Recipe by kiwidutch
Those of you who know your Chef's, must be familiar with the fabulous Thomas Keller. Also, I am a BIG fan of high-heat cooking ( I have a great high heat turkey recipe posted here #145046) and that is how this is prepared. It is taken from his book, and his comments are in the directions. I was going to remove them, but then I decided it is part of the charm of this great chicken meal. This recipe is some work, but well worth the effort! Cooks Note: To truss chicken, place it on a tray with legs toward you. Tuck wing tips under bird. Cut piece of kitchen twine about 3 feet long and center it on top of neck end of breast. Lift neck end of bird and pull twine down around wings and under chicken, then bring ends up over breast toward you and knot twine, pulling it tight to plump breasts. Bring ends of twine around ends of drumstick and straight up. Tie as before to pull drumsticks together and form a compact bird. Tie again to secure knot.
Top Review by French Terrine
I skipped some of Chef Keller's final steps with the butter, herb, and the mustard. But after rinsing and blotting dry, then salting the cavity, this lovely organic little bird was trussed and then I let the salt rain down on it, just as Chef Keller advises. It then air-chilled overnight uncovered in the fridge, before roasting in the hot oven. Oh, it also had a generous sprinkling of pepper before roasting. Perfect after a little over an hour and resting roughly ten minutes. Both wings and leg/thigh quarter were devoured almost immediately, perfectly juicy. It was just as good as (and maybe even better than) what costs $37.50 at Le Pichet in Seattle. As for the leftovers, they are great in a Cobb salad with a walnut vinaigrette.
- 2 -3 lbs free-range chicken
- kosher salt & freshly ground black pepper
- 2 teaspoons minced thyme
- unsalted butter
- Dijon mustard
Directions See How It's Made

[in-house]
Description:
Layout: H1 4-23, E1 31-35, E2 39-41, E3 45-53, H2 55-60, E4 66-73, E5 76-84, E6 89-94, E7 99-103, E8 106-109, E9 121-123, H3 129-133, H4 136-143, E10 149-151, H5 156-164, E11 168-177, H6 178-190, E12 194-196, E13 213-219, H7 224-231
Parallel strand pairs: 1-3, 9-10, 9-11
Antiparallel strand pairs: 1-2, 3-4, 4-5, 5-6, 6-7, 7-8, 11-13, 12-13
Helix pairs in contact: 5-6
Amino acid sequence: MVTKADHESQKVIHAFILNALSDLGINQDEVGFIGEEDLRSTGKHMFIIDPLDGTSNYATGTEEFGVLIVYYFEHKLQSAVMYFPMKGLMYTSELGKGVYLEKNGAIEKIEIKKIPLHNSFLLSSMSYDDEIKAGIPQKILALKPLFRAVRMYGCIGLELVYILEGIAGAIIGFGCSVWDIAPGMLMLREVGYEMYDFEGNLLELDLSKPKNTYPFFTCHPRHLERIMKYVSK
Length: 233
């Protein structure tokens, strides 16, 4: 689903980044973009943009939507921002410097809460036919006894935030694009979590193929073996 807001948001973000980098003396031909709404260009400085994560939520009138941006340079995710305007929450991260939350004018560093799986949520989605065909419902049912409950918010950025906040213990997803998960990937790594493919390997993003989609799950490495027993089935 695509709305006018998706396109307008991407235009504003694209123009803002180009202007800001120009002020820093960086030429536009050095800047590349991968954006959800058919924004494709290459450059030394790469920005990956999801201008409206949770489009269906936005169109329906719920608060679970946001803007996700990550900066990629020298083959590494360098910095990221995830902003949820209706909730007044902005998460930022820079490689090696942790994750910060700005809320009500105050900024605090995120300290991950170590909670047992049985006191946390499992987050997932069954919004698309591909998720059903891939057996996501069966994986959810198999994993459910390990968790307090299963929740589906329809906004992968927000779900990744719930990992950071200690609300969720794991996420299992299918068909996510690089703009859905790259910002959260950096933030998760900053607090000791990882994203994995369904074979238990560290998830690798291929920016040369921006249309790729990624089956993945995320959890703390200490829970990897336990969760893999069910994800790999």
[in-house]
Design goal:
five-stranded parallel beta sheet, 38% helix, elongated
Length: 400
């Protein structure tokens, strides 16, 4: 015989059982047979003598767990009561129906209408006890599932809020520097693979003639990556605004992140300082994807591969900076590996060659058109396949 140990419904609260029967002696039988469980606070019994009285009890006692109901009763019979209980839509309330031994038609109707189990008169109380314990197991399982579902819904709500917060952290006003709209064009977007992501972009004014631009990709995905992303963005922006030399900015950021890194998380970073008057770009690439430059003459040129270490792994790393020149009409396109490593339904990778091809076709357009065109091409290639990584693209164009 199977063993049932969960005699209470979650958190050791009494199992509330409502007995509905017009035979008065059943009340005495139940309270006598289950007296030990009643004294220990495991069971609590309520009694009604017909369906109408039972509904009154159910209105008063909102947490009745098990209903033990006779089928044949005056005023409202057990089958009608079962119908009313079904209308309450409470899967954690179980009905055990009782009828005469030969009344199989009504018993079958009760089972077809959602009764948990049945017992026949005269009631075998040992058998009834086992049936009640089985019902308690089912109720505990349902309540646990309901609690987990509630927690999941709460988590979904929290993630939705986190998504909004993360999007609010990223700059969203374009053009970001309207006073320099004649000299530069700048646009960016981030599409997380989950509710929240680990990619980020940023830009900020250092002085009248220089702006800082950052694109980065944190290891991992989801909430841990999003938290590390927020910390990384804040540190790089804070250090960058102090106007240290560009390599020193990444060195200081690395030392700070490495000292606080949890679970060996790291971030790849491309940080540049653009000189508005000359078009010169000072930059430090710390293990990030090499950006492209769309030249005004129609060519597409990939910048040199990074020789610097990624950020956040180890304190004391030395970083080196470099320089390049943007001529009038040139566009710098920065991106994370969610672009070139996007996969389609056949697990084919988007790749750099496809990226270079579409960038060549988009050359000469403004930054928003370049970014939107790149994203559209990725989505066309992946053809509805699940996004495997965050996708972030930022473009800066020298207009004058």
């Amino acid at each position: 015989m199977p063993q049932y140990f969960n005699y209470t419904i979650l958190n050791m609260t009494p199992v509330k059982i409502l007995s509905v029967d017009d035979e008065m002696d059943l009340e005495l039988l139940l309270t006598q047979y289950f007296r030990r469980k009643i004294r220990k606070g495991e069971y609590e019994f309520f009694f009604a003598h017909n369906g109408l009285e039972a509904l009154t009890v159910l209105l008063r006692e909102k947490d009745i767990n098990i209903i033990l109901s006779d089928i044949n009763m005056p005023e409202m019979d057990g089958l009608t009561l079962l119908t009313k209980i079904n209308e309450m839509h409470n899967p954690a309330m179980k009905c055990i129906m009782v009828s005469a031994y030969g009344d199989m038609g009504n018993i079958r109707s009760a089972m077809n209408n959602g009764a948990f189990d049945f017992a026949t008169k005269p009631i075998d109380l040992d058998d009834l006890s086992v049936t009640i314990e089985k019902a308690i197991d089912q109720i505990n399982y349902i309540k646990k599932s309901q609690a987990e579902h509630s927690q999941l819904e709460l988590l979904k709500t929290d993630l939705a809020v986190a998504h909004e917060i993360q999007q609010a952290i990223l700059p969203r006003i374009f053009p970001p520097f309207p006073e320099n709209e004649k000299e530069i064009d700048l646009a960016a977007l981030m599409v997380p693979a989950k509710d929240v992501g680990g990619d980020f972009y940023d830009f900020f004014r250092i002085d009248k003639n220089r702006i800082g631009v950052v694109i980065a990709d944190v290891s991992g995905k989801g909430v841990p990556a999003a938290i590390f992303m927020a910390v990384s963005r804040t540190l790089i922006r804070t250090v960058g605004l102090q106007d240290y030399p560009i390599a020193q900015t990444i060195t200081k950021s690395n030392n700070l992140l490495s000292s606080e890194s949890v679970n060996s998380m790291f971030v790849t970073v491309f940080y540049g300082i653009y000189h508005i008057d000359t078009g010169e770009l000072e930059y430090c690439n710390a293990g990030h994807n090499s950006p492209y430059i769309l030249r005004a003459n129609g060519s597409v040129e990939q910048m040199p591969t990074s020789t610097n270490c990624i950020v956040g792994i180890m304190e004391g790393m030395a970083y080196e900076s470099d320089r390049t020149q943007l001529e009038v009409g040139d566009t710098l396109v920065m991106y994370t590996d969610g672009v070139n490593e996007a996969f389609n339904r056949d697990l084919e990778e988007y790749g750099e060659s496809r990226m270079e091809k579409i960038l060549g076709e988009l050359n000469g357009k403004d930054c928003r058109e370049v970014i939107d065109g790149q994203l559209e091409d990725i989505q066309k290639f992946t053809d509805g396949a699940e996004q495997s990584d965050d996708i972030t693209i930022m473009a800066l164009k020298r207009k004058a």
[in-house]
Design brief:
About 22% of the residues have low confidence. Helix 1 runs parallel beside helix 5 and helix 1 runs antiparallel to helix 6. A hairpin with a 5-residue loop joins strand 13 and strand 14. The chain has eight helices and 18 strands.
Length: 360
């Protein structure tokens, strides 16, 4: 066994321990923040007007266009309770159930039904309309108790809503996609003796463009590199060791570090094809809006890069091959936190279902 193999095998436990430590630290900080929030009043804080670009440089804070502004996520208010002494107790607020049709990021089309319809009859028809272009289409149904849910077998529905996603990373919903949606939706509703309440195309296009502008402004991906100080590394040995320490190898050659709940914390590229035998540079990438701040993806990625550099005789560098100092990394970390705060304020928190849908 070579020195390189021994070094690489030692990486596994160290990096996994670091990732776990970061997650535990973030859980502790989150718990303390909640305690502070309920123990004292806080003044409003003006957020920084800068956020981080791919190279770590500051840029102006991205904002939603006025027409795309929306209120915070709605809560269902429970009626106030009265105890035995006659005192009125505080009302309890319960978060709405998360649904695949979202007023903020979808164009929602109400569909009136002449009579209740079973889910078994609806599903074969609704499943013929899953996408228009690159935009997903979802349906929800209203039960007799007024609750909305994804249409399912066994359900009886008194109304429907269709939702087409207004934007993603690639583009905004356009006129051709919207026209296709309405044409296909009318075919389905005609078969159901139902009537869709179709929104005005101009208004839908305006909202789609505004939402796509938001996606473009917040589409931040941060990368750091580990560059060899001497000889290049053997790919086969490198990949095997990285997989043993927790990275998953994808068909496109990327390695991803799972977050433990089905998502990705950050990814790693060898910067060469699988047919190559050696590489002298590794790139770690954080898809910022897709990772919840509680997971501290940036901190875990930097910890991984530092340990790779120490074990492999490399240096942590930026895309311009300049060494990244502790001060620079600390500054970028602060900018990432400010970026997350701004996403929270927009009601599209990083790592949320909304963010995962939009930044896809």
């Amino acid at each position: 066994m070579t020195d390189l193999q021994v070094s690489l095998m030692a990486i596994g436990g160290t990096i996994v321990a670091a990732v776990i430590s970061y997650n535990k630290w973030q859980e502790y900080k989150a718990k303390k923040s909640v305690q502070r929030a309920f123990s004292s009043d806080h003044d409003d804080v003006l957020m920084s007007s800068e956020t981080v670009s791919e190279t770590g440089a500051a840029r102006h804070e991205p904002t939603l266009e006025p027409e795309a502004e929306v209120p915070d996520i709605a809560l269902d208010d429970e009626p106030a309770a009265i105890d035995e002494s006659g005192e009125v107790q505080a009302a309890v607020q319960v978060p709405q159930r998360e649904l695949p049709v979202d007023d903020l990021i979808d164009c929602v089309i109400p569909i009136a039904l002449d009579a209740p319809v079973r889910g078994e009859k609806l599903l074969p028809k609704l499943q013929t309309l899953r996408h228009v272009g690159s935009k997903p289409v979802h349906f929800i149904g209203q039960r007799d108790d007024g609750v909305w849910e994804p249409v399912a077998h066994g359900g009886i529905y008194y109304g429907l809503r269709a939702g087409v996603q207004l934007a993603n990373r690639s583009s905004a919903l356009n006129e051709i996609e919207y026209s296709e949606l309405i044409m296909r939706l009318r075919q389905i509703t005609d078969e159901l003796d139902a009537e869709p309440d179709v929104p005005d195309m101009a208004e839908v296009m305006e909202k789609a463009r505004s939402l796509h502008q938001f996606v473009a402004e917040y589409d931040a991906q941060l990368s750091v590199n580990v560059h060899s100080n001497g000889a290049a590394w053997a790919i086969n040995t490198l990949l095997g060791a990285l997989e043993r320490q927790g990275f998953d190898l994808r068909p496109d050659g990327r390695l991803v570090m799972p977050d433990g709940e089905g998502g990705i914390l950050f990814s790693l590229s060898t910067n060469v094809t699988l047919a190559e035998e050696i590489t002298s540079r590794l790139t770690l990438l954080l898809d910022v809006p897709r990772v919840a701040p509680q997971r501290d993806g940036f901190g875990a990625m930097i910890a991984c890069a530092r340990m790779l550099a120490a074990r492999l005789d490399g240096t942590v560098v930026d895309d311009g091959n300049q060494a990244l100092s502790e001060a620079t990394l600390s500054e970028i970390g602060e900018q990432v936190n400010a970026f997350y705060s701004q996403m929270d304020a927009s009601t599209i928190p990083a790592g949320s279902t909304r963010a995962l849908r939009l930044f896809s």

- Preheat oven to 450 degrees.
- Rinse chicken in cold water, then dry very well with paper towels, inside and out. The less it steams, the drier the heat, the better.
- Salt and pepper cavity, then truss bird with kitchen twine to help it cook more evenly. (See Note.).
- Now, salt chicken -- I like to rain salt over the bird so it has a nice uniform coating that will result in crisp, salty, flavorful skin (about 1 tablespoon). When it's cooked, you should still be able to make out salt baked onto the crisp skin.
- Season to taste with pepper.
- Place chicken in sauté pan or roasting pan and, when oven is up to temperature, put chicken in oven. I leave it alone -- I don't baste it. I don't add butter. You can if you wish, but I think this creates steam, which I don't want.
- Roast it until it's done (165 degrees in the thickest part of the thigh), 50 to 60 minutes.
- Remove from oven and add thyme to pan. Baste chicken with juices and thyme and let it sit for 15 minutes on cutting board.
- Remove twine. Discard wing tip. Separate middle wing joint and eat that immediately. Remove legs and thighs.
- I like to take off the backbone and eat one of the oysters, the two succulent morsels of meat embedded there, and give the other to the person I'm cooking with. But I take the chicken butt for myself. I could never understand why my brothers always fought over that triangular tip -- until one day I got the crispy, juicy fat myself. These are the cook's rewards.
- Cut breast down middle and serve it on the bone, with one wing joint still attached to each. The preparation is not meant to be super elegant.
- Slather meat with butter. Serve with mustard on the side and, if you wish, a simple green salad.